“THE AGES TO COME!” What are they to be to me? How long are
they to last?
We pass into the new year asking these questions; for our days
move on with speed; our life is brief; its end is getting nearer; and
we seem sometimes to get a glimpse of the burying-place where we
may soon be laid, and almost to read our names upon the stone,
with the text beneath: “As for man, his days are as grass; as a flower
of the field, so he flourisheth: for the wind passeth over it, and it is
gone; and the place thereof shall know it no more.” (Psalm 103:15,
Very near has death come to us during the past year. Loud have
been his knocks at our door. His trumpet has given no uncertain
sound. Six hundred sleepers in one minute sink beneath the wave,
as the blast seizes one of our strongest war vessels and plunges it
into the deep as if it were a child’s toy. Some of these sleepers were
ready. From their sinking vessel the eternal life-boat carried them at
once to their desired haven, and the ship was at the land whither
they went (John 6:21); for them that sleep in Jesus will God bring
with Him (1 Thess. 4:14). Others might not be ready, and no time
was left them to prepare; not even the brief time of common shipwreck;
not even the few hours given to the thief upon the cross.
Prepare then, O man, to meet thy God!
The governor of Paris lately requested the German commander to
give notice of the time when the bombardment of the “joyous city”
would begin. The German refused. No warning is to be given. In an
unexpected moment, when Paris is perhaps least expecting it, the
circle of dormant fire will blaze out, and the awful death-shower
commence. So, O man, shall it be with thee. In vain thou askest for
some warning, some intimation of thy coming foe. There shall no
sign be given, but the signs that are common to all; and these,
perhaps, thou art at this moment slighting. It is never too late,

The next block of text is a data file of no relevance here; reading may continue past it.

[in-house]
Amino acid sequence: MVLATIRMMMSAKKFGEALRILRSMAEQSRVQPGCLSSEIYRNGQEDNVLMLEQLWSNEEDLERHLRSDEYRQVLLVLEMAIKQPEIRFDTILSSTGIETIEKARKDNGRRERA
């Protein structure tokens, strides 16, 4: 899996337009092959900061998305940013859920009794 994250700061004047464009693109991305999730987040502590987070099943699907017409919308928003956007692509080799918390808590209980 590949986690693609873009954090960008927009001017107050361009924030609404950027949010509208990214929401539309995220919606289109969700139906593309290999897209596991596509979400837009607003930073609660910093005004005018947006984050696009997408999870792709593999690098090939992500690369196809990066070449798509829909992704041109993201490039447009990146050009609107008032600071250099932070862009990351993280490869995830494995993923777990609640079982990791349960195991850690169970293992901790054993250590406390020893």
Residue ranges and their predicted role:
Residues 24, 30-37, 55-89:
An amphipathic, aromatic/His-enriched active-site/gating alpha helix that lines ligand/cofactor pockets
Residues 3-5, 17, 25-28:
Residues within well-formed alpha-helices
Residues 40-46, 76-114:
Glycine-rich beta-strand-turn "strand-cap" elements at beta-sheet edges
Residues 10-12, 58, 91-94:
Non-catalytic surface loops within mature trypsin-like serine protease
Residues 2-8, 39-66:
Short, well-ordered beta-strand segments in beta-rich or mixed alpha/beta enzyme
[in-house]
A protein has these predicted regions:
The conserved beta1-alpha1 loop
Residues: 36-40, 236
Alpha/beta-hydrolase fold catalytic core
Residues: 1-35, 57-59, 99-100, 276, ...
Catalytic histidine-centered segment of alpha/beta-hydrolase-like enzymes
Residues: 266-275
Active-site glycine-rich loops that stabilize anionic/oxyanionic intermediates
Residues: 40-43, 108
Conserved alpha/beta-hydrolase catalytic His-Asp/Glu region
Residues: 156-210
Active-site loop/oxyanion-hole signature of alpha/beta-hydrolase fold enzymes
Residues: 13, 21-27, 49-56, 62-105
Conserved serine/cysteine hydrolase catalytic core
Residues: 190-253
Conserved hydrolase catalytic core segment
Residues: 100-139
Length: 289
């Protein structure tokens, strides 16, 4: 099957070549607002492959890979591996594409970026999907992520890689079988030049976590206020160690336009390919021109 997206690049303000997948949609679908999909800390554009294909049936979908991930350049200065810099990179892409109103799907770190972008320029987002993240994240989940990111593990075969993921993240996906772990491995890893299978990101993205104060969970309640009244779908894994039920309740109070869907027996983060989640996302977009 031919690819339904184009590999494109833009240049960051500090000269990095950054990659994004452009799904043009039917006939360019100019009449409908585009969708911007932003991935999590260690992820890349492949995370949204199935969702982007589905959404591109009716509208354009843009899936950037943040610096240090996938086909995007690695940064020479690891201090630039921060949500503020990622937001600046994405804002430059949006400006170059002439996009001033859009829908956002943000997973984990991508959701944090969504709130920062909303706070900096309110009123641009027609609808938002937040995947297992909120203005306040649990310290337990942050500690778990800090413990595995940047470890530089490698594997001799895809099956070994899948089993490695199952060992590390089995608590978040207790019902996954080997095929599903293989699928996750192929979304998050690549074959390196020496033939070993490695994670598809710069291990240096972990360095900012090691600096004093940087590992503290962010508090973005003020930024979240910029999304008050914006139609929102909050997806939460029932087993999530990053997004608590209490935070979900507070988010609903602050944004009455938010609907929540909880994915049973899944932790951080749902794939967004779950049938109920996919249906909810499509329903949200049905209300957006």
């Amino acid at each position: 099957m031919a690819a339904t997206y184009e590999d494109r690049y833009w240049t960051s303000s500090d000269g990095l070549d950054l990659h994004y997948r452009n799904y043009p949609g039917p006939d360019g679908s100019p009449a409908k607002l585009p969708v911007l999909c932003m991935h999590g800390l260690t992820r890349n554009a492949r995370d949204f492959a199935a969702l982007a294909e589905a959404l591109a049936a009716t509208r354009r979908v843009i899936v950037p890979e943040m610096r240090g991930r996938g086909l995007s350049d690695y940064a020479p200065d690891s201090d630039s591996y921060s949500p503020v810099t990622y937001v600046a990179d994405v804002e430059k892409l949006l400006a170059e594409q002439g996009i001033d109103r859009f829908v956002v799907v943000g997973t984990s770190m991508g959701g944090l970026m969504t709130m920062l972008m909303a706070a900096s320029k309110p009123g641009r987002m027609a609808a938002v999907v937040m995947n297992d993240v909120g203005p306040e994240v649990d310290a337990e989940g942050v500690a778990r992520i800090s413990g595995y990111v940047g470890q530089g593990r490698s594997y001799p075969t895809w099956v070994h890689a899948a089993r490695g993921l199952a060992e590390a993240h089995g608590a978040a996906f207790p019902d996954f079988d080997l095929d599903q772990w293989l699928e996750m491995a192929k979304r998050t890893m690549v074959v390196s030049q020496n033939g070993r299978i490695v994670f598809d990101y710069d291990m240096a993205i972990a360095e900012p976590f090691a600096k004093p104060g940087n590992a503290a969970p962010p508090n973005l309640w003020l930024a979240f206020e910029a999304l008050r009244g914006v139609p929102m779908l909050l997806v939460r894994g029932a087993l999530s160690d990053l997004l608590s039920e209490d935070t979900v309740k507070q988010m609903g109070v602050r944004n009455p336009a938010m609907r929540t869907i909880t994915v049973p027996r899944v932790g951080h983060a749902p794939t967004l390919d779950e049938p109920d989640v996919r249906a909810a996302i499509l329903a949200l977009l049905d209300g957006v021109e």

indeed, to look to the brazen serpent, so long as the living eye can,
even dimly, see the glorious Healer. It is never too late to betake
thyself, with all thy sins, to the gracious “Son of the Highest,” so
long as thou art on this side of the deep gulf. It is never too late,
whilst thou art here, to wash in the blood, to put on the
righteousness, to receive the pardon, to drink of the water of life.
But how unlikely is it, that they who have forgotten these things in
life will remember them when the darkness of a dying hour is over
them. How difficult, even if they remember, to deal with divine
things, to realise the grace of the Gospel, to apprehend the peace
and healing of the cross, amid the pain, and weariness, and
weakness, of their dissolving frame!
The ancient heathens erected no altars to death amid their many
altars to their gods, known or unknown. They knew the last enemy
was inexorable. He would not be entreated. He would not be bribed.
He would not spare. Make sure, then, O man, of the life beyond
death, by believing in Him who is “Life eternal.” So shall death be
transformed from an enemy to a friend. It is said that one of old,
seeing an artist painting death as a skeleton with a huge iron scythe,
said, “Friend, should you not rather paint him as an angel with a
golden key?” To the man who knows not the cross, and the
forgiveness finished there, death must be the skeleton with the
scythe. To the man who has found life and peace in believing the
divine testimony to the great Sin-bearer and His work, death is the
angel with the golden key. Which of these two is He to be to you, O
fellow immortal? “He that overcometh shall not be hurt of the
second death.” Is that your hope? Is that a text which you expect to
place beneath your dying pillow? Or, if you are to have no pillow but
the heaving wave, or, it may be, the red turf of the battlefield, shall
you be able to take such a text to rest upon, when called hence,
perhaps in a moment, to receive the eternal judgment?
Horatius Bonar, How Shall I Go to God?